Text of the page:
Philippines, China fail to end impasse over who to leave shoal first
MANILA, Philippines – Efforts to end the standoff between the Philippine and Chinese vessels in a disputed shoal in the West Philippine Sea (South China Sea) failed after both countries demanded that the other one be the first to leave, Foreign Affairs Secretary Albert del Rosario said Saturday.
Del Rosario said he met with Chinese Ambassador Ma Keqing Friday night in a bid to “reach an understanding” on the Scarborough Shoal impasse, which began Tuesday when Chinese ships prevented the Philippine Navy from arresting Chinese fishermen allegedly caught poaching at the shoal, 230 kilometers or 140 miles west of the country’s main island of Luzon.
“The meeting with Ambassador Ma last night resulted in a stalemate as we had demanded of one another that the other nation’s ship be first to leave the area,” Del Rosario said in a statement.
All the fishing boats had left the Scarborough Shoal, leaving in the area a coast guard ship of the Philippines and a fisheries law enforcement ship of China.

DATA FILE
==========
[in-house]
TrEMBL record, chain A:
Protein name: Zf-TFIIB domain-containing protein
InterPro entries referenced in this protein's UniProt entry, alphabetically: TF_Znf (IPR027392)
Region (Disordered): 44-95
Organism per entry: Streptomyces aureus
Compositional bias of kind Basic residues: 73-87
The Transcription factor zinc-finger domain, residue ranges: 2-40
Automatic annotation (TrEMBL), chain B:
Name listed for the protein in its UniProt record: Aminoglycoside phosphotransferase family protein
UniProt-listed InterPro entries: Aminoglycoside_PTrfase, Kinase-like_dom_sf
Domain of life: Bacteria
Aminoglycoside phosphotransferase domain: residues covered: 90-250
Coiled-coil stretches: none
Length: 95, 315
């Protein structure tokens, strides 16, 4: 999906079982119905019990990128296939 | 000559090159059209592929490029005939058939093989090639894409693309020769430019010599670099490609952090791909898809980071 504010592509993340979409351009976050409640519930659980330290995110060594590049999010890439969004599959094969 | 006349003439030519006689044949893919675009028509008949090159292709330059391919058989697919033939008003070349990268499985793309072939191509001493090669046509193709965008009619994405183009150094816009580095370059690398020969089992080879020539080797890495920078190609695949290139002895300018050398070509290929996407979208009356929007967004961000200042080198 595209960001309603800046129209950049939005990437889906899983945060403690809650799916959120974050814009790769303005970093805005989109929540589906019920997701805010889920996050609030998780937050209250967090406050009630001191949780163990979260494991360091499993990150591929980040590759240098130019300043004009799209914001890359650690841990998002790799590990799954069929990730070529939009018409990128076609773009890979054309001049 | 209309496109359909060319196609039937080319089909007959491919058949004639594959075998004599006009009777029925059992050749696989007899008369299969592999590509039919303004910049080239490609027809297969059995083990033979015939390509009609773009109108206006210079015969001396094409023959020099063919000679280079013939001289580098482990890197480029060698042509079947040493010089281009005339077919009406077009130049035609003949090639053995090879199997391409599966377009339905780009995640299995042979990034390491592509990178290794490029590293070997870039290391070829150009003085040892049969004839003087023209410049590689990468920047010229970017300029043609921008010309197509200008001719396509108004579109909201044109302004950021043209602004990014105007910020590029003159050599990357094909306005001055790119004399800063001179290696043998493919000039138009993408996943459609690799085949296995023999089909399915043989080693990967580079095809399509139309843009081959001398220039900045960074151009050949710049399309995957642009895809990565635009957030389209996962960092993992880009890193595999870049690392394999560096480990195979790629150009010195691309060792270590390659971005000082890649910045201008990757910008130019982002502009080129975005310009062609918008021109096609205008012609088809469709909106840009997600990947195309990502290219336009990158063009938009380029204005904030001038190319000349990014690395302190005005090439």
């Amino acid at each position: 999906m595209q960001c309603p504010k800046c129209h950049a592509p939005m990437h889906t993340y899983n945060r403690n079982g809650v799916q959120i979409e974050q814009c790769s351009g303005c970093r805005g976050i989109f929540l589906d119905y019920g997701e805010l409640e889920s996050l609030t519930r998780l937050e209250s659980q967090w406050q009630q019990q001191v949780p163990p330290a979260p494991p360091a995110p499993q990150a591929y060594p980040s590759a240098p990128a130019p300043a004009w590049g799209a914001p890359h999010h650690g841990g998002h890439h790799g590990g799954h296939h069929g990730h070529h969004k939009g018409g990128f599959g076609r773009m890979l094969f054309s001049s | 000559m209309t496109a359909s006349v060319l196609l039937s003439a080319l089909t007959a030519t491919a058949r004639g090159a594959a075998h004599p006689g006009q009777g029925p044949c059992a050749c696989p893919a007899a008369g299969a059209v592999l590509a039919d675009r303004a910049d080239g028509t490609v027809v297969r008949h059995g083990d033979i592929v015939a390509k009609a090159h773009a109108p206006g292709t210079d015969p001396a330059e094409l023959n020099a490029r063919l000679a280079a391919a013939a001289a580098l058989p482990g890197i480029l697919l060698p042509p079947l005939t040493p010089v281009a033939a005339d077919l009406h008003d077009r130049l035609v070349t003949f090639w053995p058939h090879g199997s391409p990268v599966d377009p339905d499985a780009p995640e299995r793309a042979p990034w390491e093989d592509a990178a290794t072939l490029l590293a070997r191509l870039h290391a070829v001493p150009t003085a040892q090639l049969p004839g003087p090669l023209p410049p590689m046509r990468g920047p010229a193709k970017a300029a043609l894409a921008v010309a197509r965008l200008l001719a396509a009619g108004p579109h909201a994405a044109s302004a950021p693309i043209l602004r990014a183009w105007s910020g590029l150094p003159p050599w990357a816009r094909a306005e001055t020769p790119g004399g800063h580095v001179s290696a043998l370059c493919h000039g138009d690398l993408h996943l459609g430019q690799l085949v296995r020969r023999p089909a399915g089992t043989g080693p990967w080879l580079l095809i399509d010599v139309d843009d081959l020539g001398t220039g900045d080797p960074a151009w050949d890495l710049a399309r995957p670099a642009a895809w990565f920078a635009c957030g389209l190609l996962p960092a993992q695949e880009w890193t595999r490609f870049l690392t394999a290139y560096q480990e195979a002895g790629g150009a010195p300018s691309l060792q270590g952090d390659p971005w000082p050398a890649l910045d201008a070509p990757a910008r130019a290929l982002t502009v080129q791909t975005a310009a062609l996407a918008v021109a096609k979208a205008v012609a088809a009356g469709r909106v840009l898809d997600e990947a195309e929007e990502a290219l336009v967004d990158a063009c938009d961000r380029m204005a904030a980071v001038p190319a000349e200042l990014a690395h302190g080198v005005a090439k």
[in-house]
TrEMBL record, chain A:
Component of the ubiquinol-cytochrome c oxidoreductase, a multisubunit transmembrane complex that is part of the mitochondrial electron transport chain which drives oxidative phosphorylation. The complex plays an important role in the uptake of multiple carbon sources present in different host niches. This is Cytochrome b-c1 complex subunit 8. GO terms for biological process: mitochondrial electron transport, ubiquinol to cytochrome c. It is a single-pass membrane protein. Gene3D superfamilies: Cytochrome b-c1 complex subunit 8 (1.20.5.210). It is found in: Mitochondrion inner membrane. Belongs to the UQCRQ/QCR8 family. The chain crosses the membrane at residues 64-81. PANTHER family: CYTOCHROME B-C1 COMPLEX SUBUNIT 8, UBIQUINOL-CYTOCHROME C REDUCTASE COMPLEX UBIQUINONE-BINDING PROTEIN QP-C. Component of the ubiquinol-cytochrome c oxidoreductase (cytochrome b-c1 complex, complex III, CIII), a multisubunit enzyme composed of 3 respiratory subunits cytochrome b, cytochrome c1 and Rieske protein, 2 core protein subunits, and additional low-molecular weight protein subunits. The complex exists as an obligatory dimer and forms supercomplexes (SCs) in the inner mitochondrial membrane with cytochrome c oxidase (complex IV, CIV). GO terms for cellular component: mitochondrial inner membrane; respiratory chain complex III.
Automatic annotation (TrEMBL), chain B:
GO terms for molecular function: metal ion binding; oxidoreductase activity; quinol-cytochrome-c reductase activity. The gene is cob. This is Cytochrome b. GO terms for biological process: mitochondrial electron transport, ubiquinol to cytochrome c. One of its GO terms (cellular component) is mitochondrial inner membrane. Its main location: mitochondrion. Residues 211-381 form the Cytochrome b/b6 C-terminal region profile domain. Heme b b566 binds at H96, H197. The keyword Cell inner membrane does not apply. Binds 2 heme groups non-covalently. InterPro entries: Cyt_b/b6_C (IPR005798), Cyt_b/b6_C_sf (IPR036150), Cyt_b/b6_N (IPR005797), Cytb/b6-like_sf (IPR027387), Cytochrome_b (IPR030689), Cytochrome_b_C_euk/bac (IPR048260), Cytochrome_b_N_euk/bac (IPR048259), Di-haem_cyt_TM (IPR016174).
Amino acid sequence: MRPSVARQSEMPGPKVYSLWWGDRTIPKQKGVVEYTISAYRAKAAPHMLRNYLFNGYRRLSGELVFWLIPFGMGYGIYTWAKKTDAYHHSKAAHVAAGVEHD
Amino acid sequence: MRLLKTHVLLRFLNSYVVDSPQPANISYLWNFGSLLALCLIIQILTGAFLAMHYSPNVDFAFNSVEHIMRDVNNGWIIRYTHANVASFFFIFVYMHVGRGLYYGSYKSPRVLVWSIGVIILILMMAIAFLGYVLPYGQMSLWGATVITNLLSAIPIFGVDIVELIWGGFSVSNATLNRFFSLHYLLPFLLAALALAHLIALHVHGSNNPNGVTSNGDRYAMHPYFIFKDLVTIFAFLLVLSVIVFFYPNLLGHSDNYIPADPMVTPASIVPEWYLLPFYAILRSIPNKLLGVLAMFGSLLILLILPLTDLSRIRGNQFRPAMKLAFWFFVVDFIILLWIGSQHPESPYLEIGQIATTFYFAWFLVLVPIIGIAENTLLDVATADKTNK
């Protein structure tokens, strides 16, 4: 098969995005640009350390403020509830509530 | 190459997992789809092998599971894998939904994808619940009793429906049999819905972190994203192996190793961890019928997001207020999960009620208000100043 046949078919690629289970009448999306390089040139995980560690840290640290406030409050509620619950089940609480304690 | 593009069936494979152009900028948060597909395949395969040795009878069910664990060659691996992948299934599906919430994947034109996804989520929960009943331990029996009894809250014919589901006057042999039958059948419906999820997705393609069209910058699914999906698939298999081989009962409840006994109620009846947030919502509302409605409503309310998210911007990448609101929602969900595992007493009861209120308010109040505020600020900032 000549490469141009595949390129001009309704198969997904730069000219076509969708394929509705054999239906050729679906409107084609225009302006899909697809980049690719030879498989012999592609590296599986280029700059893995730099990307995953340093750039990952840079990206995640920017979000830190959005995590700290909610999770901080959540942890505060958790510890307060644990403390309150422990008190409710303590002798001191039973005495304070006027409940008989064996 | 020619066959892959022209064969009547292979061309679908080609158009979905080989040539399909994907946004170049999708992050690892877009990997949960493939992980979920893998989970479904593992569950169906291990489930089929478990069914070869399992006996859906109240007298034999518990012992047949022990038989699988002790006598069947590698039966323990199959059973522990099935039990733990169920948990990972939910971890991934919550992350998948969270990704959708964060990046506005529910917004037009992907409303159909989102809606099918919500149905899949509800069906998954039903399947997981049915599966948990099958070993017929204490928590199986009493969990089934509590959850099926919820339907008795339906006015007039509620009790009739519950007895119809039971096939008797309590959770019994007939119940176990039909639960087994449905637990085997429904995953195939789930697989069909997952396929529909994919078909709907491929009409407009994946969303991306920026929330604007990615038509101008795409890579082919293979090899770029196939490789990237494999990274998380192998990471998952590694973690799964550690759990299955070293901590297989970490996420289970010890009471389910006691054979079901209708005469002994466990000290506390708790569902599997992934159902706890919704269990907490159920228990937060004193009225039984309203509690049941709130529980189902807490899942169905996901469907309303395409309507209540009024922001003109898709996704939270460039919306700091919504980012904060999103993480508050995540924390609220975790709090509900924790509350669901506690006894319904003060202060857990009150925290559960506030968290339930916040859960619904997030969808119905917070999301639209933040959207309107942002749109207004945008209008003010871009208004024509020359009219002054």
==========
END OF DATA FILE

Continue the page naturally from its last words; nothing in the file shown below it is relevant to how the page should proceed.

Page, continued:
“Ambassador Ma Keqing and I had been trying to reach an understanding on the Chinese fishing vessels along the path of our providing a gesture of goodwill in the spirit of the Years of Friendly Exchanges launched in Beijing last April 11 and previously in Manila on March 20,” Del Rosario said.
He said that during his talks with Ma, they failed to reach an agreement on who would have the authority over the corals, sharks and other marine species gathered by the Chinese fishermen.
“I had stated that we would be willing to allow the Chinese boats to return to China following the confiscation of their harvest of endangered species by our authorities,” said Del Rosario. “There was no clear agreement as Ambassador Ma had asserted that Chinese fishing vessels would be subject to inspection by their own authorities.”“We had later learned that the Chinese fishing vessels had left the lagoon, a development which we had been working towards except for our not being able to confiscate their illegal harvest pursuant to the Fisheries Code, which was regrettable,” he said.
But one of the two surveillance ships of China also left the area, Del Rosario said.
“Somewhat later, the second white Chinese civilian ship had decided to leave the area so that only one white Chinese ship remained,” he said.
The impasse has reignited concerns about potential conflict in the West Philippine Sea, one of the world’s busiest sea lanes and home to a myriad of competing territorial claims, most notably the Spratly Islands, which are south of the shoal.
The disputes have settled into an uneasy standoff since the last major clash, which involved China and Vietnam and killed more than 70 Vietnamese sailors in 1988. With a report from Associated Press
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